Could eSIM technology make your smartphone less secure?

Smartphone makers and software vendors are pushing wireless carriers to replace removable SIM cards with embedded chips that tie the subscriber identity module to the device. With embedded SIM, or eSIM, users will not be able to change their SIM cards, but they can easily change carriers, because the eSIM can be remotely provisioned by the carrier. 

According to GSMA, eSIM "offers an equivalent level of security and protection to that provided by the removable SIM card." Embedded SIMs can be programmed to request verification from an operator whenever someone tries to change the user profile. This request can only come from the device itself, but a thief with a stolen phone in hand might be able to successfully change the profile.

"In the case where a person steals [the phone], it will be easier for them to switch," said analyst Roger Entner, founder of Recon Analytics. Some would argue that this is not the case, since a thief who steals a phone with an eSIM cannot simply pop the SIM out, insert a new one and move the phone onto a new network. Nor can the hacker download a new profile onto the device without verification from the operator.

The analyst team at Counterpoint Research is not convinced that smartphones with embedded SIM cards are less secure. According to Counterpoint's Satyajit Sinha, eSIM-based devices offer "potentially higher security" along with "re-programmability, and power efficiencies over the traditional SIM card solutions."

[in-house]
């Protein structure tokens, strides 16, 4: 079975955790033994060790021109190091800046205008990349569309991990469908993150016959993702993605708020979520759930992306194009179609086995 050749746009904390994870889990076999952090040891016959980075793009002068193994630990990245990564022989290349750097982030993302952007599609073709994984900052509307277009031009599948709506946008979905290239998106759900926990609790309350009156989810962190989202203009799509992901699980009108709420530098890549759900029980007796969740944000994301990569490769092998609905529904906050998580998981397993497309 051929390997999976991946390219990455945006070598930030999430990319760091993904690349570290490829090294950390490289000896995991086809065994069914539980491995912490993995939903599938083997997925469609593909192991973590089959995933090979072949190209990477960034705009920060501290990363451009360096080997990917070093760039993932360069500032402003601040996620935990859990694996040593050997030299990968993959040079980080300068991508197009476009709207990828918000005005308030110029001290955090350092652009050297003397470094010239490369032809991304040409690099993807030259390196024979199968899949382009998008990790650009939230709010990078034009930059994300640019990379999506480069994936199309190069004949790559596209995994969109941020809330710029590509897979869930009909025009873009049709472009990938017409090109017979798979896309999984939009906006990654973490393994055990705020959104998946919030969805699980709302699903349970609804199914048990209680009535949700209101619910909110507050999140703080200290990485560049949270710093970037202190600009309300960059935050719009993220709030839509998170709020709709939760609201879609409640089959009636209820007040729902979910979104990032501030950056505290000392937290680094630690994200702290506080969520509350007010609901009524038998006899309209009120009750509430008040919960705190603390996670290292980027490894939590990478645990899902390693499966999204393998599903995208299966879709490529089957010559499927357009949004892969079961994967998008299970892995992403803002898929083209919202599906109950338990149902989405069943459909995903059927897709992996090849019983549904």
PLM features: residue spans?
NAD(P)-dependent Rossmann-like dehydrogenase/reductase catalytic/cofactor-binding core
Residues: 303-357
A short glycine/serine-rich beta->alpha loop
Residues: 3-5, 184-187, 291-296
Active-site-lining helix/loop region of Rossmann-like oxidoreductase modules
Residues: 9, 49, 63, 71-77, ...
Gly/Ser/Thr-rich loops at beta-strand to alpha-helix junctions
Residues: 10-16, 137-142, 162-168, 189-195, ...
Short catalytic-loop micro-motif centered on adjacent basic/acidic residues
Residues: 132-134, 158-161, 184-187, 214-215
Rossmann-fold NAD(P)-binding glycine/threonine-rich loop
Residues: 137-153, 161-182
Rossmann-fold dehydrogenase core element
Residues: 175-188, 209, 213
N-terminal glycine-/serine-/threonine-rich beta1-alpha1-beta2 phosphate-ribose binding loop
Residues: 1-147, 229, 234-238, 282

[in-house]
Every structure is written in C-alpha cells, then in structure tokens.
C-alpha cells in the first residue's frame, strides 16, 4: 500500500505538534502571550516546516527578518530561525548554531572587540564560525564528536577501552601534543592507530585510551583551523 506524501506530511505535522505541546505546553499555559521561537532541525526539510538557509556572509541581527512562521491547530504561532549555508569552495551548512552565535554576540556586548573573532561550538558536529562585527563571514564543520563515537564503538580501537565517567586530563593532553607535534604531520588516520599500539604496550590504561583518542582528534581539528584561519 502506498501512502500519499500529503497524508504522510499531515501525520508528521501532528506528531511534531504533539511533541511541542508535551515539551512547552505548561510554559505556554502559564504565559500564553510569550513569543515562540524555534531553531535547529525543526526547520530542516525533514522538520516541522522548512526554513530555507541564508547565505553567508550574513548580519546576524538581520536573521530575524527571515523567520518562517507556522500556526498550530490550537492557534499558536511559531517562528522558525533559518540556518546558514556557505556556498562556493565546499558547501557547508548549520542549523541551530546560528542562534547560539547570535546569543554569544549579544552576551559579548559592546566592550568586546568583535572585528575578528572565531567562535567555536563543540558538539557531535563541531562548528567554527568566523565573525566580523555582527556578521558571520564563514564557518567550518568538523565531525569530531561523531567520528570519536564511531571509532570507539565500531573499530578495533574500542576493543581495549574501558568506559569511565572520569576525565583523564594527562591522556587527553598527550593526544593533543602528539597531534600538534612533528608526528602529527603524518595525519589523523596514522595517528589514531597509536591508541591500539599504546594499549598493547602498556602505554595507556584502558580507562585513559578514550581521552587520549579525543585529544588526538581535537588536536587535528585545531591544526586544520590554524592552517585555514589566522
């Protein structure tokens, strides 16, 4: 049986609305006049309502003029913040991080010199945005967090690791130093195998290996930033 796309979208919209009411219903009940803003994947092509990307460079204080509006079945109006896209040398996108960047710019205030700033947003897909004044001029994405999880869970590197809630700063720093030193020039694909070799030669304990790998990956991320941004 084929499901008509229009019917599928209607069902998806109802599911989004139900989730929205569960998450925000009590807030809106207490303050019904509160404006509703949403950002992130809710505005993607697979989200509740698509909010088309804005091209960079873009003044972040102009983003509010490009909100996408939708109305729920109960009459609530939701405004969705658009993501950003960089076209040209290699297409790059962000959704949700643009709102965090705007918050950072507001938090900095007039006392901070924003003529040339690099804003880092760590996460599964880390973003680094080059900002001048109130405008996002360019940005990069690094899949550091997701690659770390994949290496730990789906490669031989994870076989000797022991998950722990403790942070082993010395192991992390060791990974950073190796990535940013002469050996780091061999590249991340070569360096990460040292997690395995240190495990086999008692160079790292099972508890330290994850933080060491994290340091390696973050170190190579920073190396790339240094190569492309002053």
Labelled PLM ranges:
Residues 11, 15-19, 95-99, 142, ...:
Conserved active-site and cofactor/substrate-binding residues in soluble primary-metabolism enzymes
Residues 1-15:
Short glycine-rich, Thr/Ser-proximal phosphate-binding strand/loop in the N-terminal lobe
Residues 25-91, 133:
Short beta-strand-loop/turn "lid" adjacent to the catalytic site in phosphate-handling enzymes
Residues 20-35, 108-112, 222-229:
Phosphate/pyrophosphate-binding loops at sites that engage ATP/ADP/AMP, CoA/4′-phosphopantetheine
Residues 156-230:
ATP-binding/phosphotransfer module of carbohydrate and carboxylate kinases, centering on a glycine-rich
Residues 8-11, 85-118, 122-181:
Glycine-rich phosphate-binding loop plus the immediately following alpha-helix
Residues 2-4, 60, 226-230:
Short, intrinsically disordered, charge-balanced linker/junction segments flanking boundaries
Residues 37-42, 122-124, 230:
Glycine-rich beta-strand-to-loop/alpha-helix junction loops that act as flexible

The move to embedded SIM cards could reduce the incidence of one hack that relies on human error. Currently, savvy hackers can buy a SIM card and convince an operator to move a customer's profile to the new SIM, even though the customer still has the phone in his/her possession. Then the hacker can put the new SIM into a different phone and steal information from the customer.

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According to Entner, when carriers move to eSIM, hackers may continue to call them and "ask them to transfer your number to a new device." He said hackers might be able to give the carrier the IMEI number for the new device and convince the customer service representative to make the change. "It all depends on how lazy and how unmotivated the carrier employee is to actually follow the rules," he said. "Sometimes these people are just trying to please the customer, and instead of pleasing the customer they please the criminal." 

Carriers are unlikely to position eSIM as a more secure technology, since they know it will make it easier for their customers to switch to competitors' networks. The U.S. Department of Justice sees eSIM as a consumer-friendly technology, and is requiring T-Mobile and Dish to support eSIM as a condition of the T-Mobile/Sprint merger. In addition to making it easier for consumers to switch carriers, eSIM technology may ultimately give users longer smartphone battery life.

"The device manufacturers want to go to 100% eSIM because they are saving real estate on the board," said Entner. "At a minimum they can put more battery or more sensors ... It is not the handset manufacturers' problem if there are security issues."

Embedded or not, SIM cards are just one way for hackers to access a smartphone. One of the highest-profile victims of information theft is Amazon CEO Jeff Bezos, whose phone was apparently hacked by a video sent to him via WhatsApp. UN investigators suspect that the video, which came from Saudi Arabia's crown prince Mohammed bin Salman, contained malware which infiltrated Bezos's iPhone.